The Anglesea River estuary is an intermittently open and closed estuary, characteristic of this region of southern Australia (McSweeney et al. 2014). When the estuary mouth is closed due to longshore accumulation of sand, the estuary is dominated by freshwater inputs, whereas marine inputs dominate when the estuary mouth is open (Pope 2006). The estuary mouth can be opened naturally following high rainfall events in the upper catchment or, more recently, via artificial openings. Artificially opening the estuary mouth, such as what occurred in 2010 and 2011, can rapidly introduce and inundate the upper estuarine floodplain with brackish water during high tides and lower water levels during low tides (Arrowsmith et al. 2010).
Although the [Cl.sup.-]/[Na.sup.+] ratio in the sites in the lower estuary is smaller than seawater, the ratio in the SS site is also unexpectedly low (Fig. 3c). The high EC and low [Cl.sup.-]/[Na.sup.+] ratio suggest that deposition of marine salts has occurred in the past. Wong et al. (2010, 2015) found that short-term inundation with seawater was associated with the displacement of trace metals due to increasing ionic strength of the solution. A significant finding in Wong et al. (2010) was that even brackish water with salt concentrations of 10-50% of seawater concentrations can desorb high concentrations of trace metals and mobilise acidify. This can potentially contribute to acidic discharges when the estuary mouth is artificially opened. The displacement of acidic metals can also be significant in the SS and WO sites because there are large exchangeable acidic Al, Fe and Zn pools available for mobilisation (Fig. 4e, f h). The effects of estuary mouth opening on CASS in this region warrant further research.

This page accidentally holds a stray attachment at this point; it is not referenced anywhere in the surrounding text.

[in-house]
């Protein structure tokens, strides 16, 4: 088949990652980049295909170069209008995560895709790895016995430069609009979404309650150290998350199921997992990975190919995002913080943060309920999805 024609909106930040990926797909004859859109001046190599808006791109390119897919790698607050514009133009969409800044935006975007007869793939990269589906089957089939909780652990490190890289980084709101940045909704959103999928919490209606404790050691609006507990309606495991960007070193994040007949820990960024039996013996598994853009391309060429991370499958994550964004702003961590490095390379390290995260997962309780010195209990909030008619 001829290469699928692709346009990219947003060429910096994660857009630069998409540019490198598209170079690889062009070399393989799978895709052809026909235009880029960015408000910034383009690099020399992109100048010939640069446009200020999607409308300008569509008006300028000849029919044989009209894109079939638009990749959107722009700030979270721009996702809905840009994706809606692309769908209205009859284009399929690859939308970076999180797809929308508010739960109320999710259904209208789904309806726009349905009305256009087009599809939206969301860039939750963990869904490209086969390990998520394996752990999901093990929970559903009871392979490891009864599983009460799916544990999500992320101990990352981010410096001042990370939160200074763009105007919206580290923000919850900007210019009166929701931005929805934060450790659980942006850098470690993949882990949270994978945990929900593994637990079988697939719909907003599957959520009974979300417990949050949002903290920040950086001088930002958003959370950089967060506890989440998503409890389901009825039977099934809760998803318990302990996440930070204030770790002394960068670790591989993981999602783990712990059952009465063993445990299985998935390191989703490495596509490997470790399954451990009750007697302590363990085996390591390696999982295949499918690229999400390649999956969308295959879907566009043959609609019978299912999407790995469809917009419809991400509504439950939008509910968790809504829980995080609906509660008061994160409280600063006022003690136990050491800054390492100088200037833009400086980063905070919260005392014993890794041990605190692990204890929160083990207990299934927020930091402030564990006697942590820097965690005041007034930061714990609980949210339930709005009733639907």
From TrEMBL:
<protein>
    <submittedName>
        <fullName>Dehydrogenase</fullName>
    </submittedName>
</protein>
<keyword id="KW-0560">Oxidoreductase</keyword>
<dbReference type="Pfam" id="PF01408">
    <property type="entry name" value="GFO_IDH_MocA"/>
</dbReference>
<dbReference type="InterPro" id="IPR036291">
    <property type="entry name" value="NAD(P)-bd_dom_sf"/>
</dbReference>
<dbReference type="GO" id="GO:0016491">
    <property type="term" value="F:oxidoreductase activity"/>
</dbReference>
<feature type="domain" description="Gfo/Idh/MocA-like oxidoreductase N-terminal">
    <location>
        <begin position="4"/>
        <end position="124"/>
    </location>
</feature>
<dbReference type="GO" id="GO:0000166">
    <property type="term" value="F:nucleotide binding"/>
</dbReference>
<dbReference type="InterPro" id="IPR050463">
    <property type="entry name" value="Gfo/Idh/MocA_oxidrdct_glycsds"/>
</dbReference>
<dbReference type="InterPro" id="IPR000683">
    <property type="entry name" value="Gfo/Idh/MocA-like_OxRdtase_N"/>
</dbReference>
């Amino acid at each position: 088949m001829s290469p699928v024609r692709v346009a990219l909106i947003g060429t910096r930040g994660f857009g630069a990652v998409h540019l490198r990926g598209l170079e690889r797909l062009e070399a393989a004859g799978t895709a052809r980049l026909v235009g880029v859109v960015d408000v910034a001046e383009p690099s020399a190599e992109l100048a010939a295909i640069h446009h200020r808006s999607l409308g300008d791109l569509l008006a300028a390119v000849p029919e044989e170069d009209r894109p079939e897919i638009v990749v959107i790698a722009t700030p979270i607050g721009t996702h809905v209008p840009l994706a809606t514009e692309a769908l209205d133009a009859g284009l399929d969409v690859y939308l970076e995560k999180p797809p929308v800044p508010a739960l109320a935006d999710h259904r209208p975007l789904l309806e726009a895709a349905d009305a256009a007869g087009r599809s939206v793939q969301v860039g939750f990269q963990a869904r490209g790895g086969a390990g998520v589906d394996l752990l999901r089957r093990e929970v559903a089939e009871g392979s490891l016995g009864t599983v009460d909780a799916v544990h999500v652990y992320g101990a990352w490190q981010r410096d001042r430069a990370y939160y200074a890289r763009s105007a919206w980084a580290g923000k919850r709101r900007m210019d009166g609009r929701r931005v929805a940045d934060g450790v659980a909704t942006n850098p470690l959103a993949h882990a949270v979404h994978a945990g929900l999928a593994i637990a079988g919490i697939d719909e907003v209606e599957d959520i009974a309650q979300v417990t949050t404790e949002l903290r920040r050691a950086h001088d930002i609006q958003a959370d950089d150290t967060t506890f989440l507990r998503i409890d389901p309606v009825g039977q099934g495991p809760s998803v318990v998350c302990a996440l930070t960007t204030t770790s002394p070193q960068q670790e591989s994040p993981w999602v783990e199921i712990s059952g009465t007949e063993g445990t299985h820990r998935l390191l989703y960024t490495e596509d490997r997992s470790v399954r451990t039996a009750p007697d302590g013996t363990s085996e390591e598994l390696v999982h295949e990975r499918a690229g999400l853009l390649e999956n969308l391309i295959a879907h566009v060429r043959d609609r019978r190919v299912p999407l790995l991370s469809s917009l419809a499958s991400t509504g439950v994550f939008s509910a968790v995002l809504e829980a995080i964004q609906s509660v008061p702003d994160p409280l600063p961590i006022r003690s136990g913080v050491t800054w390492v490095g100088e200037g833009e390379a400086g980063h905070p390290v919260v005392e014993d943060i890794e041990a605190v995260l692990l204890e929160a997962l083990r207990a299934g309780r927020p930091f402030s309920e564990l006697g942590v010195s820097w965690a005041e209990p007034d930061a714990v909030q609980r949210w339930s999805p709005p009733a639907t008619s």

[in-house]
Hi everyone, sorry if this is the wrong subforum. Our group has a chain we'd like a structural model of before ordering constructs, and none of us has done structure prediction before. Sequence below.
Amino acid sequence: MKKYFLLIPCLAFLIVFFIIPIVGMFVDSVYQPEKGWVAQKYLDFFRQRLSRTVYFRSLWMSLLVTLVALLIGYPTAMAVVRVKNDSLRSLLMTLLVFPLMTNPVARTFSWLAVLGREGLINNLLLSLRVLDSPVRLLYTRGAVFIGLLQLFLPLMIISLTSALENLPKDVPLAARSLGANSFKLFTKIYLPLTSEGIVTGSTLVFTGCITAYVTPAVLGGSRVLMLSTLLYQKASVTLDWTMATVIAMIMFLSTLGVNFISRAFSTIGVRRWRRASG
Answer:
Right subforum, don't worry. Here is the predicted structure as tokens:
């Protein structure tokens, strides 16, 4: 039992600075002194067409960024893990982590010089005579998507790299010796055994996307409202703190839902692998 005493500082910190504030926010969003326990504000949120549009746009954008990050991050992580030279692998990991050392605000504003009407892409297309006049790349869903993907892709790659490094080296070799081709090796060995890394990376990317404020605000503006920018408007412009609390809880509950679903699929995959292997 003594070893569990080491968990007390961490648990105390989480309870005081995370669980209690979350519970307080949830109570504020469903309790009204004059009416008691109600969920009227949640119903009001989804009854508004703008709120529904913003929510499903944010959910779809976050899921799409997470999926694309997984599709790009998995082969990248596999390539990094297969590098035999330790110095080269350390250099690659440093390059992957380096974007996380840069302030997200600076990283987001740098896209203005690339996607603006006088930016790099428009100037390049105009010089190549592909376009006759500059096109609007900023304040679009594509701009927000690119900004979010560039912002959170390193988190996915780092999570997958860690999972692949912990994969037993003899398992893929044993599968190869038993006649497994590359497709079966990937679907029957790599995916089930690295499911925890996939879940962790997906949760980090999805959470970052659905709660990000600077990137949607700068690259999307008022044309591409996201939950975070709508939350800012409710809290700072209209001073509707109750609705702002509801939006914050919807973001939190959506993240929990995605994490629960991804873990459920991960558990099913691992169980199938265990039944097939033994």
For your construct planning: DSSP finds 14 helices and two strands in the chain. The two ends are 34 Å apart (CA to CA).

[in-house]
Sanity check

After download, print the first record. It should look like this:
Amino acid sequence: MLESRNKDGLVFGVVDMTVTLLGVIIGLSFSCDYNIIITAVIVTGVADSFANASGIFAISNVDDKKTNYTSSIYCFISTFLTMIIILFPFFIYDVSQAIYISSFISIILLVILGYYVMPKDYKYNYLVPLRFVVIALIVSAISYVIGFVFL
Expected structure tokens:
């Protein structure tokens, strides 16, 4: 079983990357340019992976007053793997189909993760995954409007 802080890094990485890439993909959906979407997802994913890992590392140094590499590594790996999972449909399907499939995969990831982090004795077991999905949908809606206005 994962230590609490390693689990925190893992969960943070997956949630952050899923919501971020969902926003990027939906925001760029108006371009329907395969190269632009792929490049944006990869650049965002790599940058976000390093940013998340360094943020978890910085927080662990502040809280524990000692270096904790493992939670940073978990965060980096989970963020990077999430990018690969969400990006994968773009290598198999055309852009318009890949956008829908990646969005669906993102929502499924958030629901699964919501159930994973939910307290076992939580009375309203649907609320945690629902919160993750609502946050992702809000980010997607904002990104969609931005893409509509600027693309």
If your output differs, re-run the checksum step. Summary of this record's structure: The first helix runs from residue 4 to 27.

It is possible that CASS in the northern region of Bass Strait in southern Australia are different to the CASS previously studied and mapped on the east coast of Australia (e.g. Walker 1972; Lin and Melville 1993; Wilson 2005). These differences may be related to the age of formation, the high ANC and geomorphic influences, such as the narrow bedrock-controlled floodplain, in which the CASS form. It is also possible that the coal seams of the Otway Basin, which extend to the west of the study area (Holdgate 2003), also contribute to the differences seen in this region. However, this environmental setting is not unique to the Anglesea River catchment. Extensive natural coal seams are also common in the Gippsland Basin, located to the east of the study area, and which are found upstream of the coastal plain where CASS have been identified (Fitzpatrick et al. 2011). These coal seams may also act as a source of metals in the sediments. Similarly, the intermittent opening and closing of the Anglesea River estuary mouth, which is characteristic of several estuaries in Victoria (McSweeney et al. 2014), will also affect the geomorphic processes related to CASS formation. Approximately 90% of estuaries in Victoria intermittently open and close, including the majority of those assessed in Fitzpatrick et al. (2007), and those located both to the east and west of the study area.